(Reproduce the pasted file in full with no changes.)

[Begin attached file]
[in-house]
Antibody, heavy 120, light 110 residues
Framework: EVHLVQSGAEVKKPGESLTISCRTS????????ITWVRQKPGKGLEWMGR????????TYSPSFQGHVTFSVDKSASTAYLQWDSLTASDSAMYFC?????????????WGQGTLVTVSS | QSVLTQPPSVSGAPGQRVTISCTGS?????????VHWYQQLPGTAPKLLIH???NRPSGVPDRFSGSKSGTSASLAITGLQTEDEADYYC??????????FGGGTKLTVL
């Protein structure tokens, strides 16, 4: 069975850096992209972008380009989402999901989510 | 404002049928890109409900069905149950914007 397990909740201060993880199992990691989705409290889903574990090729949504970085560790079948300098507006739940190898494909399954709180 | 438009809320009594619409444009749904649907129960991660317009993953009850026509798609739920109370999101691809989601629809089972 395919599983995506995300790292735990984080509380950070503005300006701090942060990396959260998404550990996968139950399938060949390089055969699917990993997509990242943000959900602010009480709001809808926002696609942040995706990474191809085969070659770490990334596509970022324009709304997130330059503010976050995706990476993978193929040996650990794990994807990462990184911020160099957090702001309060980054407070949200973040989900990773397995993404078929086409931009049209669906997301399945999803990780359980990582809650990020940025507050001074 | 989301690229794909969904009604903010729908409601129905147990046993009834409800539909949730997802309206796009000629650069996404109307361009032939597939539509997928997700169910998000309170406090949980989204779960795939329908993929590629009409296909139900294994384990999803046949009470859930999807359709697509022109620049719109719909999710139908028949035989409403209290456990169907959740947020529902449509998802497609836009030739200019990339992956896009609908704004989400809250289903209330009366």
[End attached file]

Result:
[in-house]
Antibody, heavy 120, light 110 residues
Framework: EVHLVQSGAEVKKPGESLTISCRTS????????ITWVRQKPGKGLEWMGR????????TYSPSFQGHVTFSVDKSASTAYLQWDSLTASDSAMYFC?????????????WGQGTLVTVSS | QSVLTQPPSVSGAPGQRVTISCTGS?????????VHWYQQLPGTAPKLLIH???NRPSGVPDRFSGSKSGTSASLAITGLQTEDEADYYC??????????FGGGTKLTVL
């Protein structure tokens, strides 16, 4: 069975850096992209972008380009989402999901989510 | 404002049928890109409900069905149950914007 397990909740201060993880199992990691989705409290889903574990090729949504970085560790079948300098507006739940190898494909399954709180 | 438009809320009594619409444009749904649907129960991660317009993953009850026509798609739920109370999101691809989601629809089972 395919599983995506995300790292735990984080509380950070503005300006701090942060990396959260998404550990996968139950399938060949390089055969699917990993997509990242943000959900602010009480709001809808926002696609942040995706990474191809085969070659770490990334596509970022324009709304997130330059503010976050995706990476993978193929040996650990794990994807990462990184911020160099957090702001309060980054407070949200973040989900990773397995993404078929086409931009049209669906997301399945999803990780359980990582809650990020940025507050001074 | 989301690229794909969904009604903010729908409601129905147990046993009834409800539909949730997802309206796009000629650069996404109307361009032939597939539509997928997700169910998000309170406090949980989204779960795939329908993929590629009409296909139900294994384990999803046949009470859930999807359709697509022109620049719109719909999710139908028949035989409403209290456990169907959740947020529902449509998802497609836009030739200019990339992956896009609908704004989400809250289903209330009366």